All posts by natecalef@gmail.com

Cleaning Companies

Over the past 10 years, we have brought cases against a number of so-called “cleaning franchise” companies that have preyed on immigrant workers by charging thousands of dollars for low-paying cleaning jobs. These companies frequently churn cleaning accounts to make a profit. In a number of our cases, the courts have ruled that the franchisees are actually employees entitled to the protections of the wage laws. Several years ago, in our case against Coverall, the Massachusetts Supreme Judicial Court issued a landmark ruling that these franchisees, because of their misclassification, may recover as damages the fees they paid for their franchises, as well as fees paid for additional business and for insurance. The court held that these fees essentially require the workers to “pay for their job” in violation of state wage law.

Related Articles

Independent Contractor Misclassification

One of our main specialities has been litigation challenging employers’ misclassification of employees as independent contractors. We have brought cases around the country that have affected a number of industries, including transportation, trucking, cleaning, cable installation, and adult entertainment. More recently, we have been at the forefront of challenging so-called “gig economy” companies for shortchanging workers through misclassification, including Uber, Lyft, Postmates, DoorDash, GrubHub, Amazon, Instacart, Handy, and others.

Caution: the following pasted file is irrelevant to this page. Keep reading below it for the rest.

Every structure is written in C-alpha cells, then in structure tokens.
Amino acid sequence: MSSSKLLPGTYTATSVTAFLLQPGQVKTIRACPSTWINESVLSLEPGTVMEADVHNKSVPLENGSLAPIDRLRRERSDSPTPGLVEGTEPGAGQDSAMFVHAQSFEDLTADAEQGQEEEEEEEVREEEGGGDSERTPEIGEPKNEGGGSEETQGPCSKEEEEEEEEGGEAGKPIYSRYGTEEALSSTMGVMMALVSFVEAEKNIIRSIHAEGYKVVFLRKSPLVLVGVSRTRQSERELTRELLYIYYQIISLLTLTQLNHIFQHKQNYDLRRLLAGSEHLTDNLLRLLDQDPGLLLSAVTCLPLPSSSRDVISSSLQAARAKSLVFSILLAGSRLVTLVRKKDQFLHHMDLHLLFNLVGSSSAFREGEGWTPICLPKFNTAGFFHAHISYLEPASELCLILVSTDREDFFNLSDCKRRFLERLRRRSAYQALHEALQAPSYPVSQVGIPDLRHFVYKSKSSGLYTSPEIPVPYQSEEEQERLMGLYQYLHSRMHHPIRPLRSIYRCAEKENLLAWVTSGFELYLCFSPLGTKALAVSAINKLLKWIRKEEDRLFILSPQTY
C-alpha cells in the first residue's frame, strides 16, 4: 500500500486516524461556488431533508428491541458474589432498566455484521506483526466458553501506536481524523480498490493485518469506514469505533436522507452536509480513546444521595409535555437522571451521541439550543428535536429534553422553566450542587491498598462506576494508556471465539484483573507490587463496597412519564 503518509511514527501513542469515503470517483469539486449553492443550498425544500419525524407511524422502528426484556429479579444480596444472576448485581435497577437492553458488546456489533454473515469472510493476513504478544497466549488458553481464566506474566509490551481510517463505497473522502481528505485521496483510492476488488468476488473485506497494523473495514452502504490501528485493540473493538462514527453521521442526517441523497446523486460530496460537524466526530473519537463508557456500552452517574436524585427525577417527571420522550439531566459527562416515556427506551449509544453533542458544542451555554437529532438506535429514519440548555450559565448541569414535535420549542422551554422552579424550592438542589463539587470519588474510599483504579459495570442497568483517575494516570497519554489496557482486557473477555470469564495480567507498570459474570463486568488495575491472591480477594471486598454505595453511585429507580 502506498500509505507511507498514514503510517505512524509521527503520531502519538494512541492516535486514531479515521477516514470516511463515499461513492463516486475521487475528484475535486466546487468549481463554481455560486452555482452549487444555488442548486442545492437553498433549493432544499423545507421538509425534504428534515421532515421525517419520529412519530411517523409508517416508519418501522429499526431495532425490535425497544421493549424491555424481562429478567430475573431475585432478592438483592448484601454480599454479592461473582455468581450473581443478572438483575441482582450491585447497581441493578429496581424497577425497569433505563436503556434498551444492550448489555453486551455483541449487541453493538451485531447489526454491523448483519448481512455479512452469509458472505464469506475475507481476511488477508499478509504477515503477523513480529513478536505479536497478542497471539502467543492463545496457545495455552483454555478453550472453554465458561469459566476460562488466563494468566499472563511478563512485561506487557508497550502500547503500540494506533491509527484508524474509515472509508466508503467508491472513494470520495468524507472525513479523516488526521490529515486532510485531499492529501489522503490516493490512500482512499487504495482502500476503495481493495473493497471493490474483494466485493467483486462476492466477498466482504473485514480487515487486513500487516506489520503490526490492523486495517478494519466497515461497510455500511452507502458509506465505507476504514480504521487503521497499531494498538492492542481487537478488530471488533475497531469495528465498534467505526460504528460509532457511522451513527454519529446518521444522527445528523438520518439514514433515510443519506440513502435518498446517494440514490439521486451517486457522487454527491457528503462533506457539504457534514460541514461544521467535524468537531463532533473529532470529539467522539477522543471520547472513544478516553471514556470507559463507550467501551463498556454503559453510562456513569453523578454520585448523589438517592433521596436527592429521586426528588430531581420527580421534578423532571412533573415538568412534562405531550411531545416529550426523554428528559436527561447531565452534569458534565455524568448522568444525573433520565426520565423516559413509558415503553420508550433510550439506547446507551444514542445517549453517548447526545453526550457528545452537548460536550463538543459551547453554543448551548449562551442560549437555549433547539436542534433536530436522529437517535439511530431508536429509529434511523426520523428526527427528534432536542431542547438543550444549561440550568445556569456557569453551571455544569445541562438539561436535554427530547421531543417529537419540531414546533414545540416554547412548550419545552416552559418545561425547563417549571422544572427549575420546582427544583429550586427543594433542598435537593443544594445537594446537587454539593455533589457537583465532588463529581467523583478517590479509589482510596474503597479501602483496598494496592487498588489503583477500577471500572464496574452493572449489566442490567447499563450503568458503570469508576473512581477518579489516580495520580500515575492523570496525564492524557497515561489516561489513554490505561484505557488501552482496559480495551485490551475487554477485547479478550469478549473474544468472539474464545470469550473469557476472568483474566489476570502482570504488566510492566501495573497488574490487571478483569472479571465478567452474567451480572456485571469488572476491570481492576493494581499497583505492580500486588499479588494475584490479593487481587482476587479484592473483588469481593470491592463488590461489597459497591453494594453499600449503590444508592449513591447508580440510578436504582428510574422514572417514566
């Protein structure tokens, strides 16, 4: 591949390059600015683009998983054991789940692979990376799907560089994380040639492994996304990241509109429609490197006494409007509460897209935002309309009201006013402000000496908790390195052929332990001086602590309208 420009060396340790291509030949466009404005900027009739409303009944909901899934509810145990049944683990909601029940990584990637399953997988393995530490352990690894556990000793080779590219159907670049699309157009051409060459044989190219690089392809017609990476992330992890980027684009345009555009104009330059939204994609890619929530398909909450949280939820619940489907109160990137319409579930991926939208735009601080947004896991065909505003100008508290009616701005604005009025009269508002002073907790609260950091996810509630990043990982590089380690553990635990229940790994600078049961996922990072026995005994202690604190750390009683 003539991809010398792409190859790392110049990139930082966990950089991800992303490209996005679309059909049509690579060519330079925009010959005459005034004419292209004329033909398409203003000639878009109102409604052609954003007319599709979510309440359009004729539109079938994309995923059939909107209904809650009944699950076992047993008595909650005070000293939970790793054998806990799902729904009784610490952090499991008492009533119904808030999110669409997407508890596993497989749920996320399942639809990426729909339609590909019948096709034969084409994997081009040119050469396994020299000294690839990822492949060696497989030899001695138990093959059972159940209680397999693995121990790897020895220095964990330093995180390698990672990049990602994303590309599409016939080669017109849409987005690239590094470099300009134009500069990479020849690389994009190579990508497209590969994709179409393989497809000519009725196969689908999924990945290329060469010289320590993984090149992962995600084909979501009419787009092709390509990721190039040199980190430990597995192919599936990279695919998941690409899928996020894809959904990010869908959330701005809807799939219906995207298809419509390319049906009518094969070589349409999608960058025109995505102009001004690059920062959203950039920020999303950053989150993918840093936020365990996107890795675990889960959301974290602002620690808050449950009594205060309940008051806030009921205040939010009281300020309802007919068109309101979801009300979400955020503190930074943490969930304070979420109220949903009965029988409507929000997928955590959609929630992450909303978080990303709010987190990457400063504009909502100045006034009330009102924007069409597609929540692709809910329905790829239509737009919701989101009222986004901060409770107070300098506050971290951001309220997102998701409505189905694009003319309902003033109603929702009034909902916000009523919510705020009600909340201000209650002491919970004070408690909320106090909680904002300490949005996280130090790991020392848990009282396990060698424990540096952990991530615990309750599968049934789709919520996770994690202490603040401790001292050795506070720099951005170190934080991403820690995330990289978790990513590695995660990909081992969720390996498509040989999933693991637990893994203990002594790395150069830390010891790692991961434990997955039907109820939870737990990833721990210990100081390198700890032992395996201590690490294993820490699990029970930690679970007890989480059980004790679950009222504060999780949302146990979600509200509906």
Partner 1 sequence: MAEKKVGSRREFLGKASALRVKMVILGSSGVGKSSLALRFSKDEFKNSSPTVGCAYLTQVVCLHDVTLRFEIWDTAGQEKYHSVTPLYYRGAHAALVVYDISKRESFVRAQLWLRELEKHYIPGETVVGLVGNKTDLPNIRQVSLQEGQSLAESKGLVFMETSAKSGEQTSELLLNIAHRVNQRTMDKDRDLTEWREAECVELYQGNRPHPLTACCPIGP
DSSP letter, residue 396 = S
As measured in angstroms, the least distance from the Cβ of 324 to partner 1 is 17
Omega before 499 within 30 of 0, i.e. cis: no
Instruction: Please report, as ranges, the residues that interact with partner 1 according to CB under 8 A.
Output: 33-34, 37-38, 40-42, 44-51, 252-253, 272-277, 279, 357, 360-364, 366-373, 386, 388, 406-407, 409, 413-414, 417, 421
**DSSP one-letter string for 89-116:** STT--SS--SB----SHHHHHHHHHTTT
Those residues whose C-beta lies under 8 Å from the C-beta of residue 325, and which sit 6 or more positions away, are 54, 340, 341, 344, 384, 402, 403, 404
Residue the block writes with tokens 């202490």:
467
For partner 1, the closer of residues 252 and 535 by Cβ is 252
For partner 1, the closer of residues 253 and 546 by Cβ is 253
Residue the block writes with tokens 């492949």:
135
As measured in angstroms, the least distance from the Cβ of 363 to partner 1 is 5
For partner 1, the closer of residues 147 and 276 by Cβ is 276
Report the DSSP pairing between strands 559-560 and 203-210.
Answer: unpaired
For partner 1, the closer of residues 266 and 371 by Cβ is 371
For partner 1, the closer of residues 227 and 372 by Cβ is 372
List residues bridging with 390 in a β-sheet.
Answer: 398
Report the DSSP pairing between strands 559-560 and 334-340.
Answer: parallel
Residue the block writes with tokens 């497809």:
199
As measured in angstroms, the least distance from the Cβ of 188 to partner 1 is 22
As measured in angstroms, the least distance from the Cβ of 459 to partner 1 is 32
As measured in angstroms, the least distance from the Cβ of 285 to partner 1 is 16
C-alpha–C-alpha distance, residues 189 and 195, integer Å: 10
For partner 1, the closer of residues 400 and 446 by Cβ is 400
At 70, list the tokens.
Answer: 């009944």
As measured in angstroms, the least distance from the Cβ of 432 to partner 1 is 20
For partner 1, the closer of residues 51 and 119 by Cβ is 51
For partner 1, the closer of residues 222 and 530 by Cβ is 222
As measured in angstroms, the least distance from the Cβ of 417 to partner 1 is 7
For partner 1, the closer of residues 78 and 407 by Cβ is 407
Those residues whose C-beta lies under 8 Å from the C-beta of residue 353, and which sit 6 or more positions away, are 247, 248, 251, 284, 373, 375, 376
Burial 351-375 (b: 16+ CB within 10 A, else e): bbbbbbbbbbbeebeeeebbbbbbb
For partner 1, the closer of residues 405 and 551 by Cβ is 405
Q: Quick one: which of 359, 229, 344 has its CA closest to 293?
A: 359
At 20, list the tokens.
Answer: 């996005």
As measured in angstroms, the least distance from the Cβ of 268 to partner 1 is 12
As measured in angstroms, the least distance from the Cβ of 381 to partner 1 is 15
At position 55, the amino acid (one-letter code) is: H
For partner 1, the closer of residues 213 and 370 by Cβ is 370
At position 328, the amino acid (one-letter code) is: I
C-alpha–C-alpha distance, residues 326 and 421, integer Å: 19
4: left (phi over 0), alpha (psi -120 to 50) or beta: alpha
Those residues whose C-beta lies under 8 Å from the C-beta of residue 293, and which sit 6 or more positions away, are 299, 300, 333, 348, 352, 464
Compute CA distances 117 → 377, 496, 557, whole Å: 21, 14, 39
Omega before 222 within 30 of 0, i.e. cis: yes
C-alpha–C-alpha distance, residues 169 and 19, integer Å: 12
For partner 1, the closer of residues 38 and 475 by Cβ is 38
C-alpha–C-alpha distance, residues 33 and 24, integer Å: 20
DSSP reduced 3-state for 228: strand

Companies that misclassify their workers as independent contractors save on labor costs by avoiding the obligations of employment. Their workers are deprived of many benefits including protection under the wage laws, overtime, minimum wage, expense reimbursements, as well as other employee benefits. Misclassified employees also do not receive unemployment when they lose their jobs and workers’ compensation when they are injured on the job. These companies compete unfairly with law-abiding companies that provide their workers employment protections and benefits.

If you have been classified as an independent contractor and believe you may have been misclassified, please contact us for a consultation. 

The following categories describe examples of the misclassification cases we have litigated.

“Gig economy” Companies

Over the last several years, a new breed of companies has flourished, which claim to be technology companies linking consumers with small independent businesses. Unfortunately, many of these companies are simply taking advantage of workers who are actually employees and depriving them of their rights under the wage laws. Our case on behalf of Uber drivers—which seeks reimbursement of expenses and unpaid tips—has been certified as a class action in California. Many companies are taking notice of the cases we have brought and are changing their practices and reclassifying their workers as employees.

For information regarding the Uber Lawsuit see www.uberlawsuit.com or email us at uberlawsuit@llrlaw.com

Delivery Drivers